Powered by NewsLook.com
Cultural Learning In Wild Chimps Observed For The First Time

Cultural Learning In Wild Chimps Observed For The First Time

Newsy (Oct. 1, 2014) — Cultural transmission — the passing of knowledge from one animal to another — has been caught on camera with chimps teaching other chimps. Video provided by Newsy
Powered by NewsLook.com
Raw: Trapped Scientist Rescued from Cave in Peru

Raw: Trapped Scientist Rescued from Cave in Peru

AP (Oct. 1, 2014) — A Spanish scientist, who spent 12 days trapped about 1300 feet underground in a cave in Peru's remote Amazon region, was rescued on Tuesday. (Oct. 1) Video provided by AP
Powered by NewsLook.com
Media, Industry Groups React To Calif. Plastic Bag Ban

Media, Industry Groups React To Calif. Plastic Bag Ban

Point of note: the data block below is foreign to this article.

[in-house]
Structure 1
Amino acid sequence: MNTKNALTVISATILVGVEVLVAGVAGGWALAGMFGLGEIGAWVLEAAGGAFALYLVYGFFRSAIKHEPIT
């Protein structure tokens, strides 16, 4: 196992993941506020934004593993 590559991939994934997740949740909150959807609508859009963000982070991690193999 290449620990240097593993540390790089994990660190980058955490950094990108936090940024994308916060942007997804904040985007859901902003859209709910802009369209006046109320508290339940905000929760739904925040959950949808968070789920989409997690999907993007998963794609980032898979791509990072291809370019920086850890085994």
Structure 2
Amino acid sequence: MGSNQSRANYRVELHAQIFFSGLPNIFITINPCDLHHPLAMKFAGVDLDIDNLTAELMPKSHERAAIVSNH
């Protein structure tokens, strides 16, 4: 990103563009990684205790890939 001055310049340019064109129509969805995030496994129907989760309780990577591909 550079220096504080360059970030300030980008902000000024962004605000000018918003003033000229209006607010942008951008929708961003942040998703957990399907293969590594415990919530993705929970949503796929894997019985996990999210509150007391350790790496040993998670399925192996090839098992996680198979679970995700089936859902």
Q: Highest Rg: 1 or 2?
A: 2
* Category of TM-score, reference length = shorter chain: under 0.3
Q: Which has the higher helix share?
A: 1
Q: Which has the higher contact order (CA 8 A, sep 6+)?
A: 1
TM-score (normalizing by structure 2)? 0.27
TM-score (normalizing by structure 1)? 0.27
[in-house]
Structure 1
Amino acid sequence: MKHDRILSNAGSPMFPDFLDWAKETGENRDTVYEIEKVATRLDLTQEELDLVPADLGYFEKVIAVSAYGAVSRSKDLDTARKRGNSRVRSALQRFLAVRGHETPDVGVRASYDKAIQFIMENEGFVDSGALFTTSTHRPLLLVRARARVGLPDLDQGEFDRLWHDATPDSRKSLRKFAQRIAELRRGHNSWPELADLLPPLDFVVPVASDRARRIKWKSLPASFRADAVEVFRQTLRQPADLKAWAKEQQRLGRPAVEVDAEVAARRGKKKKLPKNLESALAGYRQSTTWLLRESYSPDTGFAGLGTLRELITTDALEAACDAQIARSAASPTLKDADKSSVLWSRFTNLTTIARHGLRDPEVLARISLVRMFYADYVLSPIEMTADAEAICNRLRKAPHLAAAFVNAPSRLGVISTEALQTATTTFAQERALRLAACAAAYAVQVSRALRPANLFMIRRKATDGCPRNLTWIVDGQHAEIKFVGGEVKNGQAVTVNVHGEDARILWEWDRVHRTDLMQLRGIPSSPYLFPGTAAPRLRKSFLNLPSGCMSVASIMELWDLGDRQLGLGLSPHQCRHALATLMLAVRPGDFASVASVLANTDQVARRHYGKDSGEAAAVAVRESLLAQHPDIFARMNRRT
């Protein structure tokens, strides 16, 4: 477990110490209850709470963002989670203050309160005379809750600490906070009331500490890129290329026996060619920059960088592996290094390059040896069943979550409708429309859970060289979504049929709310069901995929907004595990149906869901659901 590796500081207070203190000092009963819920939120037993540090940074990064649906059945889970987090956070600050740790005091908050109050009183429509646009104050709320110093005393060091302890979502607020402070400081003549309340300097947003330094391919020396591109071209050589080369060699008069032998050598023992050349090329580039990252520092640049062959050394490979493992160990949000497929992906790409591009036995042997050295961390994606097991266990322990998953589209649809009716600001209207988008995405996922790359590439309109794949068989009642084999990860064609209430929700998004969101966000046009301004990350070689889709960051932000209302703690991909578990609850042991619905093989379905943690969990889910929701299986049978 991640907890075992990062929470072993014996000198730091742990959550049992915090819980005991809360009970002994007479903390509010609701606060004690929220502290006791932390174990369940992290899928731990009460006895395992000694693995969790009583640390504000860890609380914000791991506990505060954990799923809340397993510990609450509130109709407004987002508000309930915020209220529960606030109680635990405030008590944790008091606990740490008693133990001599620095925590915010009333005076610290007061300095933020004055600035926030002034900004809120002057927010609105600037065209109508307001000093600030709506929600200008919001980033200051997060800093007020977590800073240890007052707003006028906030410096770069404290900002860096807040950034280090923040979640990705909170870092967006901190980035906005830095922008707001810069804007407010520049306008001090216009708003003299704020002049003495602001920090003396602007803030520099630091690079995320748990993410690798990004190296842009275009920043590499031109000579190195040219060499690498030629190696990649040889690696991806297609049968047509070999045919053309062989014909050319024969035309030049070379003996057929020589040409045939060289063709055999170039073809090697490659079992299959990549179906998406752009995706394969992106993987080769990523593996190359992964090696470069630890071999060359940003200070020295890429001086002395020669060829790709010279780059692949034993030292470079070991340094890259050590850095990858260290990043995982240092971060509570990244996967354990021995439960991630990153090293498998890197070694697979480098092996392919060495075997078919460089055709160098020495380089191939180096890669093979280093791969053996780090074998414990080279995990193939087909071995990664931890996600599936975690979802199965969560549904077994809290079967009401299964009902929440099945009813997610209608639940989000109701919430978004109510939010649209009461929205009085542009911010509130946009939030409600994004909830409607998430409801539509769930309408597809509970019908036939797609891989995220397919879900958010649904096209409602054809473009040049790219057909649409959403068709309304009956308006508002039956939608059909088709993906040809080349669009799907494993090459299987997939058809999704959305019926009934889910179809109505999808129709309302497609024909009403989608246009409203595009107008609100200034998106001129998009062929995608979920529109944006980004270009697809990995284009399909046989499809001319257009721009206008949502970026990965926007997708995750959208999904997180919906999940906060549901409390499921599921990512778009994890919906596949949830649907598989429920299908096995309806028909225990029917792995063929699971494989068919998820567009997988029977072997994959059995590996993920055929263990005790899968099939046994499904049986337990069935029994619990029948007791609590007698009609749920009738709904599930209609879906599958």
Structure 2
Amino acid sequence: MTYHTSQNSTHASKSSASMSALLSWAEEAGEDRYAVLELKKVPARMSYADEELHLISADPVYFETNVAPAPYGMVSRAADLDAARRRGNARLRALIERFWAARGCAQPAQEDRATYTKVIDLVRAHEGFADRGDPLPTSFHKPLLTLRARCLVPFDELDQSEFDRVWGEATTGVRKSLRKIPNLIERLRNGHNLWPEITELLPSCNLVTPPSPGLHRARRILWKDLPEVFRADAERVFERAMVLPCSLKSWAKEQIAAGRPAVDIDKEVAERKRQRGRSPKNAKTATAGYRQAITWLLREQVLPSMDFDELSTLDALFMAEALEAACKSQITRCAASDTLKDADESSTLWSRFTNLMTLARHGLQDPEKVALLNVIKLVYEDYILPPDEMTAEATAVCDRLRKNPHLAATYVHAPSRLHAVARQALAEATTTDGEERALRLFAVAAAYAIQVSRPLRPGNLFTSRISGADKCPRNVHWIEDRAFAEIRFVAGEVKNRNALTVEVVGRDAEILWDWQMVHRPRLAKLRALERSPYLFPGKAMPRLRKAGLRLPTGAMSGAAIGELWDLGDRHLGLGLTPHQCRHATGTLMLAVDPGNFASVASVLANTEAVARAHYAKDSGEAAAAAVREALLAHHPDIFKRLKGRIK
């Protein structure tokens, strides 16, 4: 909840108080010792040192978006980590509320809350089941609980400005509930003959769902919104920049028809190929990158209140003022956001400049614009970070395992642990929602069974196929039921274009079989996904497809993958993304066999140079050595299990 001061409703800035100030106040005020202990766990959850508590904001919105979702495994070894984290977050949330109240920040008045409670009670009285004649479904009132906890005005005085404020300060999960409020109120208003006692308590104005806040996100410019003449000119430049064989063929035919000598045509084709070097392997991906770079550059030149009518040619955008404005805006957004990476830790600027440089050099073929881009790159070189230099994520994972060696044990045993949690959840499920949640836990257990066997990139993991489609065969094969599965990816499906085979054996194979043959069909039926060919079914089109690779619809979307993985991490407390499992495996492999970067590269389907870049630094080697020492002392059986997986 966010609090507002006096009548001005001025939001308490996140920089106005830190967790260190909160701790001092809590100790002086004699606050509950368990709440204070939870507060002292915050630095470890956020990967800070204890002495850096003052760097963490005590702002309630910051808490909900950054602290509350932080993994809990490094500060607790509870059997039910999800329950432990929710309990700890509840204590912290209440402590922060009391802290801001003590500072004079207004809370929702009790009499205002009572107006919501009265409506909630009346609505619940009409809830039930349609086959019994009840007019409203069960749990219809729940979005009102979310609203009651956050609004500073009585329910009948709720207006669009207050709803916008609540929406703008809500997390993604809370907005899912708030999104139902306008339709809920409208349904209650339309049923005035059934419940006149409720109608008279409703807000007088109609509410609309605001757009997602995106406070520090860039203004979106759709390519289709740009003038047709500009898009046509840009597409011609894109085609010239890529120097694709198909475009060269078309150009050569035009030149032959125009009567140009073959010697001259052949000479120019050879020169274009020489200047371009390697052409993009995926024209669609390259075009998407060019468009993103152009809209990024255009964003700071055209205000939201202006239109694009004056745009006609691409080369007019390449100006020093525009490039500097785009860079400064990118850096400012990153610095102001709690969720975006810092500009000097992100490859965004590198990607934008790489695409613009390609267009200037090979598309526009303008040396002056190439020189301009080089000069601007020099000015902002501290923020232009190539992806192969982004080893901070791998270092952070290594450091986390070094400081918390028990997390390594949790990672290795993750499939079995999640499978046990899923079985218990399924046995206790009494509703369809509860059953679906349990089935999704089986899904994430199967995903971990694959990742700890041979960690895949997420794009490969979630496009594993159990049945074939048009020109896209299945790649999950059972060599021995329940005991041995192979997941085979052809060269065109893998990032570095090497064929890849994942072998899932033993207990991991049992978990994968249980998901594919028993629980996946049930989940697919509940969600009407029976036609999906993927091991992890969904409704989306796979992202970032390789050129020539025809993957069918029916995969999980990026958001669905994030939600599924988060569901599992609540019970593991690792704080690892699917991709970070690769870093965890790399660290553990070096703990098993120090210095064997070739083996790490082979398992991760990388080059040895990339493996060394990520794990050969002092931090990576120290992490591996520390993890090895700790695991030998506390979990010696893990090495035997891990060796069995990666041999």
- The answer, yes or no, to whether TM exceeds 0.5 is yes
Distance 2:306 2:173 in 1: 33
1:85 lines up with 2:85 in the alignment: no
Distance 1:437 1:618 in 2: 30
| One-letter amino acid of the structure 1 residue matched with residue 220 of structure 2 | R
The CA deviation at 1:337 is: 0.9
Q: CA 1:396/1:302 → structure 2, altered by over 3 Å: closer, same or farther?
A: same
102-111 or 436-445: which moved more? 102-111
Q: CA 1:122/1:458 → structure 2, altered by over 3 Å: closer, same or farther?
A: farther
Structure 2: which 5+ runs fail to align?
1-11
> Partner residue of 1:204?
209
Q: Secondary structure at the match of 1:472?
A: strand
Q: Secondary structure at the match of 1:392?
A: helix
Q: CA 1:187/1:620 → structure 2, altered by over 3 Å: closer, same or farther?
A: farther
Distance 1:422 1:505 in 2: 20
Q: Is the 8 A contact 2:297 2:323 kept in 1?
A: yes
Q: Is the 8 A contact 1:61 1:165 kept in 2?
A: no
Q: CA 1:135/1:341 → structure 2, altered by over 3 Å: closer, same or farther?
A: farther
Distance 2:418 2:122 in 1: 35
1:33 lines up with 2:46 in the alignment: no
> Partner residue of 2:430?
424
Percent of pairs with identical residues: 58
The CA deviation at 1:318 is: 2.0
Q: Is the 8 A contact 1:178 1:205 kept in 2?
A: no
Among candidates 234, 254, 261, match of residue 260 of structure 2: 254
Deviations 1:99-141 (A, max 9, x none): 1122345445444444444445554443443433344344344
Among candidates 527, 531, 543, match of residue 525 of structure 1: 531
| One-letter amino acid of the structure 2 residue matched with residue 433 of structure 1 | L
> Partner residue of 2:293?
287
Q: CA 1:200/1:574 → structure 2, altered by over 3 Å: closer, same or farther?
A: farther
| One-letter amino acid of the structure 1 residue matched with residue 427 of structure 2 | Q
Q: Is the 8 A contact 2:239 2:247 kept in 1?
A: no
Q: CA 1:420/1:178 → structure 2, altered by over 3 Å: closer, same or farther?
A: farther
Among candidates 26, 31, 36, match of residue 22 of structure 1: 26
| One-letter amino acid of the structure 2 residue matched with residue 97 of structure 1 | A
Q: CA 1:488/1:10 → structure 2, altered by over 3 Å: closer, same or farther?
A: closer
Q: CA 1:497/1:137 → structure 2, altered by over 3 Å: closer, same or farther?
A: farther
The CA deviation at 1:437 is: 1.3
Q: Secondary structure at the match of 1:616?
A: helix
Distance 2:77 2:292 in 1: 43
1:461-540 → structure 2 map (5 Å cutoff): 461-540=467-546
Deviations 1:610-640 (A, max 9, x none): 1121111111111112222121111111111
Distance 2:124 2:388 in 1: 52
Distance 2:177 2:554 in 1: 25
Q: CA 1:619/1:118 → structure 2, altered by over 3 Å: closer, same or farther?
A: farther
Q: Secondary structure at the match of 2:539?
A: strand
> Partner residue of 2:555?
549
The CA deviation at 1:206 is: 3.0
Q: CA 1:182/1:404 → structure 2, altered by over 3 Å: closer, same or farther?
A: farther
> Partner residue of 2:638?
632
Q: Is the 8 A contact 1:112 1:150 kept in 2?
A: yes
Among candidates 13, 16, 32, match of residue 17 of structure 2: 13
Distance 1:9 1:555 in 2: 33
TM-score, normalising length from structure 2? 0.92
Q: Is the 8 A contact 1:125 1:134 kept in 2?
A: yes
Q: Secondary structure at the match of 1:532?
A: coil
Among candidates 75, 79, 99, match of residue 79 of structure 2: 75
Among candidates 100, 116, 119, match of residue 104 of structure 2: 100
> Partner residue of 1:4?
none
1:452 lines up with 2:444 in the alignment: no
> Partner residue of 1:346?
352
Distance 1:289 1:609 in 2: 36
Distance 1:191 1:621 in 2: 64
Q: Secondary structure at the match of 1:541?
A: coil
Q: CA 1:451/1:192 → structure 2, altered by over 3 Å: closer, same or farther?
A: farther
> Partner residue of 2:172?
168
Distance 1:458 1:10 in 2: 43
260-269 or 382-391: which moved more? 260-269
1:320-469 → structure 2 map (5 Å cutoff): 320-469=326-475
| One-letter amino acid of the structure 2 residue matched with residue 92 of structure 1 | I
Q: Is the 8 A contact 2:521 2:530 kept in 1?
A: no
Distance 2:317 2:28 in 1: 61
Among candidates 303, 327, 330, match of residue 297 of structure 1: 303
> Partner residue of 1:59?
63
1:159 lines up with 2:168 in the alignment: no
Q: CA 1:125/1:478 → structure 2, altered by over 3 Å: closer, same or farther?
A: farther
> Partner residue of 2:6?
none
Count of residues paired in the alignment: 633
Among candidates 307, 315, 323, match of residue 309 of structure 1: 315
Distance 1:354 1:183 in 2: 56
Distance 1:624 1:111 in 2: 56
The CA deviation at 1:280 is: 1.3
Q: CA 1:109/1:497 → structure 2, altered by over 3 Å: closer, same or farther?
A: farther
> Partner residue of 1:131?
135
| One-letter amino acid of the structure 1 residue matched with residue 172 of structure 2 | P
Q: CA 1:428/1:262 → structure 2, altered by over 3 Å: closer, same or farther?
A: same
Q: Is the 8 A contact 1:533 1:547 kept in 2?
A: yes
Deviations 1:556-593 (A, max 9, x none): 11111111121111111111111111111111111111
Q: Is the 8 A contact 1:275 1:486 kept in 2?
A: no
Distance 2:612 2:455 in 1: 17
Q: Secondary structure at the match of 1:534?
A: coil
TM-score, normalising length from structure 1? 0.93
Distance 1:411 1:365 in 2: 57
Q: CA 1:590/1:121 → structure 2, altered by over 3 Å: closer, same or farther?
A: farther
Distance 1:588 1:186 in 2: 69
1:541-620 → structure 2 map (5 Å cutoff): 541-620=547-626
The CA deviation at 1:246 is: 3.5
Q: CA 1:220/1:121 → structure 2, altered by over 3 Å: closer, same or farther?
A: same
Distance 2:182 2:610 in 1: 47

Newsy (Sep. 30, 2014) — California is the first state in the country to ban single-use plastic bags in grocery, liquor and convenience stores. Video provided by Newsy
Powered by NewsLook.com

Search ScienceDaily

Number of stories in archives: 140,361

Find with keyword(s):
 
Enter a keyword or phrase to search ScienceDaily for related topics and research stories.

Save/Print:
Share:  

Breaking News:

Strange & Offbeat Stories

 

Plants & Animals

Earth & Climate

Fossils & Ruins

In Other News

... from NewsDaily.com

Science News

Health News

Environment News

Technology News



Save/Print:
Share:  

Free Subscriptions


Get the latest science news with ScienceDaily's free email newsletters, updated daily and weekly. Or view hourly updated newsfeeds in your RSS reader:

Get Social & Mobile


Keep up to date with the latest news from ScienceDaily via social networks and mobile apps:

Have Feedback?


Tell us what you think of ScienceDaily -- we welcome both positive and negative comments. Have any problems using the site? Questions?
Mobile iPhone Android Web
Follow Facebook Twitter Google+
Subscribe RSS Feeds Email Newsletters
Latest Headlines Health & Medicine Mind & Brain Space & Time Matter & Energy Computers & Math Plants & Animals Earth & Climate Fossils & Ruins